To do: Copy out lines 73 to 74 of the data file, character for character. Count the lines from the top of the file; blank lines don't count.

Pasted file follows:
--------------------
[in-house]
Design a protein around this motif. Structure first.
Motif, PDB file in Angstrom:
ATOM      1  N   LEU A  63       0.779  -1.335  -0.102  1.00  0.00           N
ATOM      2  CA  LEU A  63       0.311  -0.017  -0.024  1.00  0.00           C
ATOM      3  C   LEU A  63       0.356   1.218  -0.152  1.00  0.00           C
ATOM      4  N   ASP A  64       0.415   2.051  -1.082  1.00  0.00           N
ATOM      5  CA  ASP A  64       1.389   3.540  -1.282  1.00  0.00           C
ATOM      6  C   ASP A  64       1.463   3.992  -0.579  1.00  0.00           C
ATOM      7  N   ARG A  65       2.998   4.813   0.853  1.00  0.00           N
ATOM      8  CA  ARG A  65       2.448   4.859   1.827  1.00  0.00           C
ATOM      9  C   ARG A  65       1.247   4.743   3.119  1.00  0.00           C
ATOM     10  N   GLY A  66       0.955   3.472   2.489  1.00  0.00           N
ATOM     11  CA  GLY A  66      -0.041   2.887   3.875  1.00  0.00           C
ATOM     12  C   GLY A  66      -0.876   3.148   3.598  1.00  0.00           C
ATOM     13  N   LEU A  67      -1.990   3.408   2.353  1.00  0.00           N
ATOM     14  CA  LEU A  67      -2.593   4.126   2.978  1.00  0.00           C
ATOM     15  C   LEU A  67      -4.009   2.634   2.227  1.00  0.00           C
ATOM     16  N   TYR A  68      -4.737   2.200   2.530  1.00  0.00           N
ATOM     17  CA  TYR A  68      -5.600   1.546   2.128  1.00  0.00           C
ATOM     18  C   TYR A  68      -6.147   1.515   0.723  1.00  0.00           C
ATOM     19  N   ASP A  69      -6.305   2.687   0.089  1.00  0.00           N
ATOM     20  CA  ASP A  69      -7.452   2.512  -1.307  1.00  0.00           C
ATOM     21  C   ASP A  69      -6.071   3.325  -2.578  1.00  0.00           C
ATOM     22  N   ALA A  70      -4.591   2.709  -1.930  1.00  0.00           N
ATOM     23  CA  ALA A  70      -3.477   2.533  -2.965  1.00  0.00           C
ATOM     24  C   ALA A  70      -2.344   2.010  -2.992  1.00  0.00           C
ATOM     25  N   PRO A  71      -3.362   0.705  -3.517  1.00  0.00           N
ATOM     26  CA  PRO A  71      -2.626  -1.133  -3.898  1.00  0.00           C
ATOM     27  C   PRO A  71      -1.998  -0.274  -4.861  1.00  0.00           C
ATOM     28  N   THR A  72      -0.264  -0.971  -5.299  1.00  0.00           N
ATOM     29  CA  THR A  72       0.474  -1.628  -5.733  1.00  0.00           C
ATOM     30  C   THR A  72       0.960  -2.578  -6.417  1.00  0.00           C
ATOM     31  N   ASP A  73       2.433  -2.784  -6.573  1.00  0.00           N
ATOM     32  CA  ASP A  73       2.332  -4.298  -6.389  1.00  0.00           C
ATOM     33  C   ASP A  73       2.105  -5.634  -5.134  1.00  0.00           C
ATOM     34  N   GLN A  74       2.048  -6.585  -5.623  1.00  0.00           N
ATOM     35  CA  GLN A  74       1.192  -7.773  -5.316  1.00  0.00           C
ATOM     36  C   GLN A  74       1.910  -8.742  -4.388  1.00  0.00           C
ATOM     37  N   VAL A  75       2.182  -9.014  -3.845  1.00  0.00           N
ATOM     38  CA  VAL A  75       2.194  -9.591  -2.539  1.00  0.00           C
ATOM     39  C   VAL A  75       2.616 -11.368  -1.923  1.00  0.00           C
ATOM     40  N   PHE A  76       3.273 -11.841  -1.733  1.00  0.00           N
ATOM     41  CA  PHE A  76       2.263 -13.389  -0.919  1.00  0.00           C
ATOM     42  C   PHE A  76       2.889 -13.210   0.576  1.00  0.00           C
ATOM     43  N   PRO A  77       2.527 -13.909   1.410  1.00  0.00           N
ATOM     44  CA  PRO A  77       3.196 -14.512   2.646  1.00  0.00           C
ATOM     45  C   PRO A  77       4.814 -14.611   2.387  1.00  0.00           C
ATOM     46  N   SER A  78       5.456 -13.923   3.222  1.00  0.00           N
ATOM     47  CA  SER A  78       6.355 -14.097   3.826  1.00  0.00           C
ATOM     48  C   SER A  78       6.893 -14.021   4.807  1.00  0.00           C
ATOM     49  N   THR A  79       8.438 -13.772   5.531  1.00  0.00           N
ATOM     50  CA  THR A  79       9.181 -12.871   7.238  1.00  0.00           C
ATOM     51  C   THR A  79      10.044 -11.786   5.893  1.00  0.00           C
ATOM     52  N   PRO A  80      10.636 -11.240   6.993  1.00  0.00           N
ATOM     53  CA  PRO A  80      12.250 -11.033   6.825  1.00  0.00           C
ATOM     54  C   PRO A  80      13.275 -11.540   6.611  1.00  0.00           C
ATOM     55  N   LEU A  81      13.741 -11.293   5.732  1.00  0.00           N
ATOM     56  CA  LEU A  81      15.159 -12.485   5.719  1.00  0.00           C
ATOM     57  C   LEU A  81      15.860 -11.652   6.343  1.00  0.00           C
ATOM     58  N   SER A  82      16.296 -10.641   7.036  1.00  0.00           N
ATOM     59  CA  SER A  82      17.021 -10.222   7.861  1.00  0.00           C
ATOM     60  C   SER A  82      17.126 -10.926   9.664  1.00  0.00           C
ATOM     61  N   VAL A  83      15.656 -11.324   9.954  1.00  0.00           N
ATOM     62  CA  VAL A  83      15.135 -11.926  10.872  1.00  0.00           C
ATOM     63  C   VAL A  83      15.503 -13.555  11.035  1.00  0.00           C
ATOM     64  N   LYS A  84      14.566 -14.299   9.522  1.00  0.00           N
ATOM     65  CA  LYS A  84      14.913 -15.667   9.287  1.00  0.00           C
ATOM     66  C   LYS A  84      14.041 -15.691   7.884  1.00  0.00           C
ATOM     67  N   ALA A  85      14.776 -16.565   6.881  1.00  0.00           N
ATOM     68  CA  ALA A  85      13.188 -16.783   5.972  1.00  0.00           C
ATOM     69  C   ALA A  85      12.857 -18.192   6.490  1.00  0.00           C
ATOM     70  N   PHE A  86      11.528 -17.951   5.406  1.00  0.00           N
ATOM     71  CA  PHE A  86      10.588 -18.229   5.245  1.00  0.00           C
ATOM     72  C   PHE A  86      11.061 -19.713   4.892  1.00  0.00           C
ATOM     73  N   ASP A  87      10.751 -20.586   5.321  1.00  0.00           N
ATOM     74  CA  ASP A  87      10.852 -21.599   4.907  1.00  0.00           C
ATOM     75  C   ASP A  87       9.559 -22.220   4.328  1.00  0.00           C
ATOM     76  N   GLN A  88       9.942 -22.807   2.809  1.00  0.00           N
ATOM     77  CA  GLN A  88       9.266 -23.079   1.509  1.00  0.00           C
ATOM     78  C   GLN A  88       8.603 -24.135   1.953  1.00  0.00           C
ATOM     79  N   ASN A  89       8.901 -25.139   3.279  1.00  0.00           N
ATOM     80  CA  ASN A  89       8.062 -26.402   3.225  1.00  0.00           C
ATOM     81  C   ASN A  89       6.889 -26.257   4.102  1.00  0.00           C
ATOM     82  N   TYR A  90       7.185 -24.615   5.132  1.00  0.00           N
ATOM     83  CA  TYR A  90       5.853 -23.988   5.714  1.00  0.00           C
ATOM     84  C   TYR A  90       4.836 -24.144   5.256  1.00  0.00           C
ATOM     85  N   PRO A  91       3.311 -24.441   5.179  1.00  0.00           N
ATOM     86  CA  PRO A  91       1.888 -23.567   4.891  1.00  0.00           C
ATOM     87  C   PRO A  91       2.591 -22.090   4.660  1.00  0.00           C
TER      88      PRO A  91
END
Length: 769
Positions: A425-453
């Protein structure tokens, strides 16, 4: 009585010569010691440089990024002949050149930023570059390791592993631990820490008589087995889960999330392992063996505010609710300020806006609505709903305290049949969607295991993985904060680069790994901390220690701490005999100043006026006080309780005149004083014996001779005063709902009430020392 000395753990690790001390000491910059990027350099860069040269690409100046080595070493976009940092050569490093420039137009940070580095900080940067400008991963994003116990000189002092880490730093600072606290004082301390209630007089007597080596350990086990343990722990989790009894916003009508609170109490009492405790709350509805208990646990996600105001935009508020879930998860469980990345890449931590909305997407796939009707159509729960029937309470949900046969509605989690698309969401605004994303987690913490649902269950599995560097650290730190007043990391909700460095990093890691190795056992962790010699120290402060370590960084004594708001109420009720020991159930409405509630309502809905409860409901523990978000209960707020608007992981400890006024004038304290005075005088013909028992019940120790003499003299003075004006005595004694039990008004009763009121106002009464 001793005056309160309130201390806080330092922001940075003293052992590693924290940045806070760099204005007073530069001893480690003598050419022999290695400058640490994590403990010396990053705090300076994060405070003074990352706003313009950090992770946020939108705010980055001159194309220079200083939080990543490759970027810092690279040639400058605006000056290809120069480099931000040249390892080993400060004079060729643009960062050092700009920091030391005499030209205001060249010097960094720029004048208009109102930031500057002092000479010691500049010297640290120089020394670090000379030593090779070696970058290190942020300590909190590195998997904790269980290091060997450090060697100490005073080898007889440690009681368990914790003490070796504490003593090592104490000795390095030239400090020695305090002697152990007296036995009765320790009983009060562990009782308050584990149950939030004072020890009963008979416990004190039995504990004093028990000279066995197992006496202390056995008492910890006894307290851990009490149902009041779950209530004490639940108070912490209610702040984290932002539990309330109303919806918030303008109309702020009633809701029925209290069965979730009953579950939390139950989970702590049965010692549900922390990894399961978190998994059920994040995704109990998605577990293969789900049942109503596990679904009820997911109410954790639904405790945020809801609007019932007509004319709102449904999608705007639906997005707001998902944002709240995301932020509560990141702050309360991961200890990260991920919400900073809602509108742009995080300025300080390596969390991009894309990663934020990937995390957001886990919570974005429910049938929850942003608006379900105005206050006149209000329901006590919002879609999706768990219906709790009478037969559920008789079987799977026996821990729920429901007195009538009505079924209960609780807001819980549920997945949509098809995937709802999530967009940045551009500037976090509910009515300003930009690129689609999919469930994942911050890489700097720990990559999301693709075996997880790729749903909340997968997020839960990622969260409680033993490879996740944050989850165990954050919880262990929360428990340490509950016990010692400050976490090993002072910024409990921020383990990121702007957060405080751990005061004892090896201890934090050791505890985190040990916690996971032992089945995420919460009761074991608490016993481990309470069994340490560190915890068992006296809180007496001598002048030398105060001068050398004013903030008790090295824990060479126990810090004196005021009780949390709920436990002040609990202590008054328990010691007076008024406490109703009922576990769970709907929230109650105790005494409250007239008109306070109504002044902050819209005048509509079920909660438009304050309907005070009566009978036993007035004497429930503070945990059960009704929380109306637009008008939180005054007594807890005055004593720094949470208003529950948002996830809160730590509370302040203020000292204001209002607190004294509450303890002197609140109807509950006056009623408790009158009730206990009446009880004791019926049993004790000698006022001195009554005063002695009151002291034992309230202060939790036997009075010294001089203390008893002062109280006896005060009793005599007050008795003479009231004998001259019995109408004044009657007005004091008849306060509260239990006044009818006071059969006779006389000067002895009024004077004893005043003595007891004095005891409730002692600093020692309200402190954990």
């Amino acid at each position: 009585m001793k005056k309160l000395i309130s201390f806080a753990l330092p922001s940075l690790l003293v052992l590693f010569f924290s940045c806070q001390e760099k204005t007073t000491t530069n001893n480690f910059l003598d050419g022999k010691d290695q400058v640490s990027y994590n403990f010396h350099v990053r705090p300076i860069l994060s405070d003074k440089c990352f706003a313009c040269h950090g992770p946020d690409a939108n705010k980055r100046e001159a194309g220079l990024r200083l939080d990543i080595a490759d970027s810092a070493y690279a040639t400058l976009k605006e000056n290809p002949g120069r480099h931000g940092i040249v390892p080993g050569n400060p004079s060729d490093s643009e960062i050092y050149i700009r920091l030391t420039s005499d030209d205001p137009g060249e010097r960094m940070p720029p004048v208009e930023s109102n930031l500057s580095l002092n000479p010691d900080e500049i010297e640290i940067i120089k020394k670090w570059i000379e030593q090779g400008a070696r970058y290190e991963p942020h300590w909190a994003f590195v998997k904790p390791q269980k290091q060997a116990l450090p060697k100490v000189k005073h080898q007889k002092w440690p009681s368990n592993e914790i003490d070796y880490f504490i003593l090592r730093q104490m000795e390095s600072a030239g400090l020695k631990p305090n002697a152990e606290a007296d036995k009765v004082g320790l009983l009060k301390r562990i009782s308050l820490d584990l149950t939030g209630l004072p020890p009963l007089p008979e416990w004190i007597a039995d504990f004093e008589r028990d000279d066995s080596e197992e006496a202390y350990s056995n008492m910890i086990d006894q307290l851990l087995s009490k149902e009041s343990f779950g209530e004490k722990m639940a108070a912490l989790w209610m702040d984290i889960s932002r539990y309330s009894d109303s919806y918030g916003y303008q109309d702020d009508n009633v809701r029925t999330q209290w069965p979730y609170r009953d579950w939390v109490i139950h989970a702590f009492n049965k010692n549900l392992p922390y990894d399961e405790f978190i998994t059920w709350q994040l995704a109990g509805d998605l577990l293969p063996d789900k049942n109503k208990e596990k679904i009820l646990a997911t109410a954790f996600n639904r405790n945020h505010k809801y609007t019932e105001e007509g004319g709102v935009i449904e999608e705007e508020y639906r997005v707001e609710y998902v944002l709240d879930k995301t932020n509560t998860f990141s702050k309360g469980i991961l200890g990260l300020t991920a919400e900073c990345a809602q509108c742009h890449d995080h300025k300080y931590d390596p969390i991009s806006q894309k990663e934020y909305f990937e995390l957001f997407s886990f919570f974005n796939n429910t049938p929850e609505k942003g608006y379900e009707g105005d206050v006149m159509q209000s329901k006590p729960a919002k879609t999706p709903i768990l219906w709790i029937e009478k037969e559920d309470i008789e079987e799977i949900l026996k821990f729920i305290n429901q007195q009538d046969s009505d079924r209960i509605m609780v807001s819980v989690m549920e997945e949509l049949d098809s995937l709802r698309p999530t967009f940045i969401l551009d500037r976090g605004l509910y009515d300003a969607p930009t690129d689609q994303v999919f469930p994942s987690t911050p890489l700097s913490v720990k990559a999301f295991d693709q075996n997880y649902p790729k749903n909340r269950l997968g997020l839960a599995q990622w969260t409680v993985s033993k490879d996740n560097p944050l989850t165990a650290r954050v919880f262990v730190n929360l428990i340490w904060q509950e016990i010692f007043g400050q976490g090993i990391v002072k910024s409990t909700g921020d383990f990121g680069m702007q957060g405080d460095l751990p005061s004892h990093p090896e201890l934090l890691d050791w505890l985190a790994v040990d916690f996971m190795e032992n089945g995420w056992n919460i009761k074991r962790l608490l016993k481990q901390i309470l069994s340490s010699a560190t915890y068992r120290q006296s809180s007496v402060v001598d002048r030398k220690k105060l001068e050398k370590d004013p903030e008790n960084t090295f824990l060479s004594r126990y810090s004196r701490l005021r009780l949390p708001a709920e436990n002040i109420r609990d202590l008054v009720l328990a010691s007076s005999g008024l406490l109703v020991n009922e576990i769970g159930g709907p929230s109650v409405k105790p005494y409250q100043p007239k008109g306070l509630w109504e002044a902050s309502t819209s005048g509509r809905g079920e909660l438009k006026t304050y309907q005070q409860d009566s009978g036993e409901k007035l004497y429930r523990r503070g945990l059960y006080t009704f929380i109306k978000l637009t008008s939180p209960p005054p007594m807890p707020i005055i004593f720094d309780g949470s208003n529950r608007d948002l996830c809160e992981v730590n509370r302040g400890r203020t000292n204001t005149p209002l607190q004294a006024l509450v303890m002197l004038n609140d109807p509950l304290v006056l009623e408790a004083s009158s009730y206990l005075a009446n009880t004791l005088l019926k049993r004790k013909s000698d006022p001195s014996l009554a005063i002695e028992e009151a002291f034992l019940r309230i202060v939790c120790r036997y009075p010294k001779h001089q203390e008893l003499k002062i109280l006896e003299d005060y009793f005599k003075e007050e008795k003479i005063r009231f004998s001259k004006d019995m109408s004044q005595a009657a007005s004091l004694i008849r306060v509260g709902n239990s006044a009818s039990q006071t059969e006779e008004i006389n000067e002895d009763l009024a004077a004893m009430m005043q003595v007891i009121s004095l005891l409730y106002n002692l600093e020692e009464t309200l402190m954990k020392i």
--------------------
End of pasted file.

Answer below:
ATOM     70  N   PHE A  86      11.528 -17.951   5.406  1.00  0.00           N
ATOM     71  CA  PHE A  86      10.588 -18.229   5.245  1.00  0.00           C